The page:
1919-1920 - Russo-Polish War
The Versailles map-makers, in reconstituting Poland, had despoiled her of nearly one-third of her ancient patrimony, the principal beneficiary under the Treaty being Soviet Russia. In 1919, when it pleased the Allied Powers to wage war by proxy against the Bolsheviki, and the armies of Kolchak, Denekine and Yudenitch had gone forth confident of an early victory over the common enemy of mankind, the Poles had improved the opportunity to cross the tentative boundary lines fixed by the Versailles Treaty and reconquer their "Lost Provinces." After the collapse of the anti-Bolshevik war, both England and America warned the Poles that they were violating the terms of the Treaty and must retire within their boundaries as fixed at Versailles. The Poles demurred against yielding up the reconquered provinces to the Bolsheviki and they were upheld by the government of France.
Before the new Soviet army could be mobilized the Poles struck hard at the Bolsheviki and for months thereafter the Poles were masters of the situation. But later, when the Bolsheviki had mustered their full strength on the Polish front, the Poles were driven back in headlong retreat to the gates of Warsaw.
All Europe was now filled with alarm, fearing the Bolshevik conquest of the Continent. It was at this critical juncture that France came to Poland's rescue. Though England held aloof, and her Commissioner attempted to prevent the delivery of French ammunition to the Poles at the port of Danzig, still the Alliance of France and Poland was sufficient to overcome the Bolshevik peril. The Red hordes were first stopped at the gates of Warsaw and then driven back in wild retreat across their frontier. Later on, the famous retreat began, during which the Russians within a few weeks were hurled back by General Maxime Weygand almost to the 'Curzon Line.'
The phenomenal recovery of Poland from the heavy blows inflicted by the invading Red forces proved not to be short-lived, and the Polish triple offensive continued during the month under review, demoralizing the whole organization of the Red offensive, driving the Soviet forces steadily back to the east and north, netting thousands of ragged prisoners and forcing thousands of others, equally miserable, across the East Prussian frontier, where they were disarmed and interned by the German Government.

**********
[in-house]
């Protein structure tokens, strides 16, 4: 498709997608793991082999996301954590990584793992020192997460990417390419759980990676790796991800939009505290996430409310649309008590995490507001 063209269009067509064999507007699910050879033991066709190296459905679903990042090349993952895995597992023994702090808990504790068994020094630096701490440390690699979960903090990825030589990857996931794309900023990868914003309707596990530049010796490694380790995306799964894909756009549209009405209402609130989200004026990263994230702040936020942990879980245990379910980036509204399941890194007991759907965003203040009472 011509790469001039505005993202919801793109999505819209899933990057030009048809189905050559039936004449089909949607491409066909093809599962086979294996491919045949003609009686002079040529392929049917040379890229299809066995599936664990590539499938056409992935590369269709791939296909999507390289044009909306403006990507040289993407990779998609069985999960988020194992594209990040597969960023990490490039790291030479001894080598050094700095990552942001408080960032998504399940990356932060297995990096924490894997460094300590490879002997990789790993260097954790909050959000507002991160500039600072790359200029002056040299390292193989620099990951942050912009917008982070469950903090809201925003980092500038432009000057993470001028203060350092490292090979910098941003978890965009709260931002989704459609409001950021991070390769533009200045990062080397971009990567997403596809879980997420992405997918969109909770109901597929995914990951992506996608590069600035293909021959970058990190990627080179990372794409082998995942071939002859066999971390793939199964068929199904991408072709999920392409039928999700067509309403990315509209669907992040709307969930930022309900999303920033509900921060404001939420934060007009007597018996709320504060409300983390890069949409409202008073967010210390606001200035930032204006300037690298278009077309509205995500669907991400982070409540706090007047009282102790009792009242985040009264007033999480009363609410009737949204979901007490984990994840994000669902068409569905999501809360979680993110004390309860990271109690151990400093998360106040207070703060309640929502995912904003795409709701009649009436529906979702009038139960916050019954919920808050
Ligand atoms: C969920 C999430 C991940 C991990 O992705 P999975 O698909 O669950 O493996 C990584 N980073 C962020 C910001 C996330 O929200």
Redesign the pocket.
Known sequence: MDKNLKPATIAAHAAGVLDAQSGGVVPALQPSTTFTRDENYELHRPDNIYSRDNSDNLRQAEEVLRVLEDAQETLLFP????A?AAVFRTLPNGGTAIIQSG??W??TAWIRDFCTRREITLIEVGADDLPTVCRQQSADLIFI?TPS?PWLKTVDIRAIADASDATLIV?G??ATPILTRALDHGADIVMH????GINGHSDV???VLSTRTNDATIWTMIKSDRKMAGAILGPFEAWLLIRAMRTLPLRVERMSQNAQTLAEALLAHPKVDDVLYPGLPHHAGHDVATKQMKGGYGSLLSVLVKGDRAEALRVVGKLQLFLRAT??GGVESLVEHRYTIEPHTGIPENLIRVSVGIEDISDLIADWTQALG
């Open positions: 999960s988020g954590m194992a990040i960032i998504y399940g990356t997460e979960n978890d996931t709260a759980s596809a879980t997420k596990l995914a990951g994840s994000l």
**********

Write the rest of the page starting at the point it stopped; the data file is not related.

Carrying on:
A peace treaty was signed at Riga in October, 1920. This treaty established the frontier that was recognized until recently. It accorded to Poland all of Eastern Galicia, which since 1919 had been occupied by Polish troops, and which ethnically forms a part of the Ukraine. This incorporation of Eastern Galicia-which the 'Curzon Line' had put within Poland-was confirmed by the Ambassadors' Conference. Meanwhile Poland had further enlarged her territory by wresting Vilna from Lithuania, while eastern Upper Silesia had been relinquished by Germany in consequence of a plebiscite.
In the north the 'Curzon Line' started at the Lithuanian border, at the river Niemen, north of the fortified city of Grodno. The line then extended almost due south and reached the river Bug after a westward rum. Thereafter the frontier followed this river until it reached the former Austro-Russian border, which it followed along the rest of its course.
At the gates of Warsaw, the Red armies were defeated in August 1920, and in the ensuing peace treaty signed at Riga, Russia had to accept a frontier which left large Ukrainian and White Ruthenian minorities in Poland, a grave danger to the Russification campaign conducted by Stalin in the Ukraine and Byelorussia. Although it was not regarded as a Polish Diktat and was praised in the Soviet Encyclopedia as late as 1940, the Treaty of Riga dramatically exposed the weakness of the new regime. The redressing of the balance of power remained a long-range aim of Moscow's foreign policy.
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